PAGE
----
(E*man`ci*pa"tion) n. [L. emancipatio: cf. F. émancipation.] The act of setting free from the power of another, from slavery, subjection, dependence, or controlling influence; also, the state of being thus set free; liberation; as, the emancipation of slaves; the emancipation of minors; the emancipation of a person from prejudices; the emancipation of the mind from superstition; the emancipation of a nation from tyranny or subjection.

Syn. — Deliverance; liberation; release; freedom; manumission; enfranchisement.

(E*man`ci*pa"tion*ist), n. An advocate of emancipation, esp. the emancipation of slaves.

(E*man"ci*pa`tor) n. [L.] One who emancipates.

(E*man"ci*pa*to*ry) a. Pertaining to emancipation, or tending to effect emancipation. "Emancipatory laws." G. Eliot.

(E*man"ci*pist) n. A freed convict. [Australia]

(E*mar"gi*nate) v. t. [L. emarginare; e out + marginare to furnish with a margin, fr. margo margin.] To take away the margin of.

(E*mar"gi*nate E*mar"gi*na`ted) a.

1. Having the margin interrupted by a notch or shallow sinus.

2. (Bot.) Notched at the summit.

3. (Cryst.) Having the edges truncated.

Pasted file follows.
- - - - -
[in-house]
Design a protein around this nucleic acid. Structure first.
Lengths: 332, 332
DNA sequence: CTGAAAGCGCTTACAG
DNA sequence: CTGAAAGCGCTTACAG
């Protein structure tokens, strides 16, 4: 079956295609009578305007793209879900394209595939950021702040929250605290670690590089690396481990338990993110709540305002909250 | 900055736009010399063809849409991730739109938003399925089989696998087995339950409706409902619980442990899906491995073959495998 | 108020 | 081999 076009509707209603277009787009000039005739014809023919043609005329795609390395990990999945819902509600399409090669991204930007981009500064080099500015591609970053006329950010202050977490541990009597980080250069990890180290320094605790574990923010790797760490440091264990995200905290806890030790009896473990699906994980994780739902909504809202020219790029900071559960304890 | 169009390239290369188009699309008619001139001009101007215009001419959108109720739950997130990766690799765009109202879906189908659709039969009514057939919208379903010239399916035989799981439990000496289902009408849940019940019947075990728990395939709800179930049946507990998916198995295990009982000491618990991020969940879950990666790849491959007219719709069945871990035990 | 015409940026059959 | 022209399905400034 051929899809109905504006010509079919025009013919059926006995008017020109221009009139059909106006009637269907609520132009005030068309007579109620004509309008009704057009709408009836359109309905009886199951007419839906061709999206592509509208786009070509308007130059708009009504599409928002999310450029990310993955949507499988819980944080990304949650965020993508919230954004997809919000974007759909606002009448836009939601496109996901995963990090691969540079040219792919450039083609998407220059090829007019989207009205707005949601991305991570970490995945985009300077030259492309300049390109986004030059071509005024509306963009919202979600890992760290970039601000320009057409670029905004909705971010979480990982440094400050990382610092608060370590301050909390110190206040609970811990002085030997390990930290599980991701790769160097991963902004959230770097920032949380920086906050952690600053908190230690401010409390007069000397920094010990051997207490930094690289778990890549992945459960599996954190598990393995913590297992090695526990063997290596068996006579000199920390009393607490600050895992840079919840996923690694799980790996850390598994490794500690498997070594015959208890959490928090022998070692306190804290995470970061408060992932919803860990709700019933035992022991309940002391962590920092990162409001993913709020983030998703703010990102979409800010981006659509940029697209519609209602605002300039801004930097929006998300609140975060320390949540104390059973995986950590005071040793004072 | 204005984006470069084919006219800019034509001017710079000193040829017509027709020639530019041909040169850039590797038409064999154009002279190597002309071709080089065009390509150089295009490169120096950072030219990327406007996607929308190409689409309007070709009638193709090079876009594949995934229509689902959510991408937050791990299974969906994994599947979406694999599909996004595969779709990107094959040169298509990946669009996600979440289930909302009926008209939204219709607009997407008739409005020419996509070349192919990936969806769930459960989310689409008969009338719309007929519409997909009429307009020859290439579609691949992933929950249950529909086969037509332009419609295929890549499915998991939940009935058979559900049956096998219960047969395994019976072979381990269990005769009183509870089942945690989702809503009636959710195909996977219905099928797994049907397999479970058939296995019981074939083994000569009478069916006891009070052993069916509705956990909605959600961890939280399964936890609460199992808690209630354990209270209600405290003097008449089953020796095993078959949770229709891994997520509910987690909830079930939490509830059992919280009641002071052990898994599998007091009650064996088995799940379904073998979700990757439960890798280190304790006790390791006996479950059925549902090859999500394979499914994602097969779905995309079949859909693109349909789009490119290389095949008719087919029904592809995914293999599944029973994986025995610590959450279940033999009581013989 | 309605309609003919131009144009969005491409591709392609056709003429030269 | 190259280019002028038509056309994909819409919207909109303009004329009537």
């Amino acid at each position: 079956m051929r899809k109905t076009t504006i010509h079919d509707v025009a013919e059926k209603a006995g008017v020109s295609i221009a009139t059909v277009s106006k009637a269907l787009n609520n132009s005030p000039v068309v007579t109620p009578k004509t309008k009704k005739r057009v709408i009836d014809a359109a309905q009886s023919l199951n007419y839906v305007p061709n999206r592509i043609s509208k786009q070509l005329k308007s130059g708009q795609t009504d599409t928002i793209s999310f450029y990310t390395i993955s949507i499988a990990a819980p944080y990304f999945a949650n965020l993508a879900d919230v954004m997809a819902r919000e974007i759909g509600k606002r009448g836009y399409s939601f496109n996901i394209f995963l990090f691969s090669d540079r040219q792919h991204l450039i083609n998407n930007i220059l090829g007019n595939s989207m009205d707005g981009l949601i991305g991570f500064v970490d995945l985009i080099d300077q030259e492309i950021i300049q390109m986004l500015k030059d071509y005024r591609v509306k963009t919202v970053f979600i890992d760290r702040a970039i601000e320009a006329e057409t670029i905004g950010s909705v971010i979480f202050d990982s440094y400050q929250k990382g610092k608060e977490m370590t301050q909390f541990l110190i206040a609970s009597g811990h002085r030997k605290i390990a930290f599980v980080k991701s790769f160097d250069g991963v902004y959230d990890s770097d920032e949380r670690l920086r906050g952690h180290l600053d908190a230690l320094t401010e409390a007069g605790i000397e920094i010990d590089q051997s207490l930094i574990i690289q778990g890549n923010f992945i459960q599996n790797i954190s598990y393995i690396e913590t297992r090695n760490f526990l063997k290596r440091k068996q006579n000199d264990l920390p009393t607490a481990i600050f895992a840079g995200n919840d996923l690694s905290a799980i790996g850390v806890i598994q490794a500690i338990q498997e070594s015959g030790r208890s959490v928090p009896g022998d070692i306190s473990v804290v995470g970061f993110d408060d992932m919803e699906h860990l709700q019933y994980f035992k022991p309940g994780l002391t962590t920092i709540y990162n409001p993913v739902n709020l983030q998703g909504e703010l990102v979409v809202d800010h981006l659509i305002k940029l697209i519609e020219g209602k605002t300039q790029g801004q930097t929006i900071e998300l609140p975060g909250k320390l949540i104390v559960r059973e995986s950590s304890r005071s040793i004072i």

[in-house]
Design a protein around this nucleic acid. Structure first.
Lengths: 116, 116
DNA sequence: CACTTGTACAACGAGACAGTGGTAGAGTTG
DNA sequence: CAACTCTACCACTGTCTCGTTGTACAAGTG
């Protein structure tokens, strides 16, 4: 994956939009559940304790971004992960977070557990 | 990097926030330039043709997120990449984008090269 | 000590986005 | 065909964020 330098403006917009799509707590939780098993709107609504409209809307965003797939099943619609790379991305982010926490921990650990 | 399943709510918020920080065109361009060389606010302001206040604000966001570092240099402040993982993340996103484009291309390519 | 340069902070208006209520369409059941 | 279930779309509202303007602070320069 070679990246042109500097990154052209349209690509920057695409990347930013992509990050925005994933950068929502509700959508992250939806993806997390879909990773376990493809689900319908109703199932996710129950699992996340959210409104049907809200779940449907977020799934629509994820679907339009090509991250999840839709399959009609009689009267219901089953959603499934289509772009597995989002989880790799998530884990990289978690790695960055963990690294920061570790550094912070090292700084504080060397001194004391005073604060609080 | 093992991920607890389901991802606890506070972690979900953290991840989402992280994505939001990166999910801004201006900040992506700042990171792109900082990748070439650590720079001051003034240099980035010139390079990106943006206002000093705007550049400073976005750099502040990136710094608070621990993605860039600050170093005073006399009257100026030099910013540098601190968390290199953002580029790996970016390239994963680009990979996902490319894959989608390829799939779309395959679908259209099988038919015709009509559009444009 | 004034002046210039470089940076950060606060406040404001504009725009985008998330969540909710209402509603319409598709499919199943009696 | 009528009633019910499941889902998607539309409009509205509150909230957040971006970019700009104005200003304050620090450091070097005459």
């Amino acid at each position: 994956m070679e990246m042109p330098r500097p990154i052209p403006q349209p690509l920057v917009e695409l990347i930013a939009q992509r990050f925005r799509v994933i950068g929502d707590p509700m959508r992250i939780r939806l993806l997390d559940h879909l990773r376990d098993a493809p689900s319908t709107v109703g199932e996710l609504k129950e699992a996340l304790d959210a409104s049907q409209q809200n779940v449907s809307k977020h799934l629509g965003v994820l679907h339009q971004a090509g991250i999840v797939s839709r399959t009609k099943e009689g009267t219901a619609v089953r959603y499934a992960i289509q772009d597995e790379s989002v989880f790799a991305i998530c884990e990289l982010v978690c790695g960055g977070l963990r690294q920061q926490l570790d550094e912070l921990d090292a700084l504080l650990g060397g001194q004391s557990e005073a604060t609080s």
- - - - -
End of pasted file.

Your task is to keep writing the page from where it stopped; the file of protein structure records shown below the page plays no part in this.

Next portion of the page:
(E*mar"gi*nate*ly), adv. In an emarginate manner.

(E*mar`gi*na"tion) n. The act of notching or indenting the margin, or the state of being so notched; also, a notch or shallow sinus in a margin.

(E*mas"cu*late) v. t. [imp. & p. p. Emasculated ; p. pr. & vb. n. Emasculating ] [L. emasculare; e + masculus male, masculine. See Male masculine.]

1. To deprive of virile or procreative power; to castrate power; to castrate; to geld.

2. To deprive of masculine vigor or spirit; to weaken; to render effeminate; to vitiate by unmanly softness.

Luxury had not emasculated their minds.
V. Knox.

(E*mas"cu*late) a. Deprived of virility or vigor; unmanned; weak. "Emasculate slave." Hammond.

  By PanEris using Melati.

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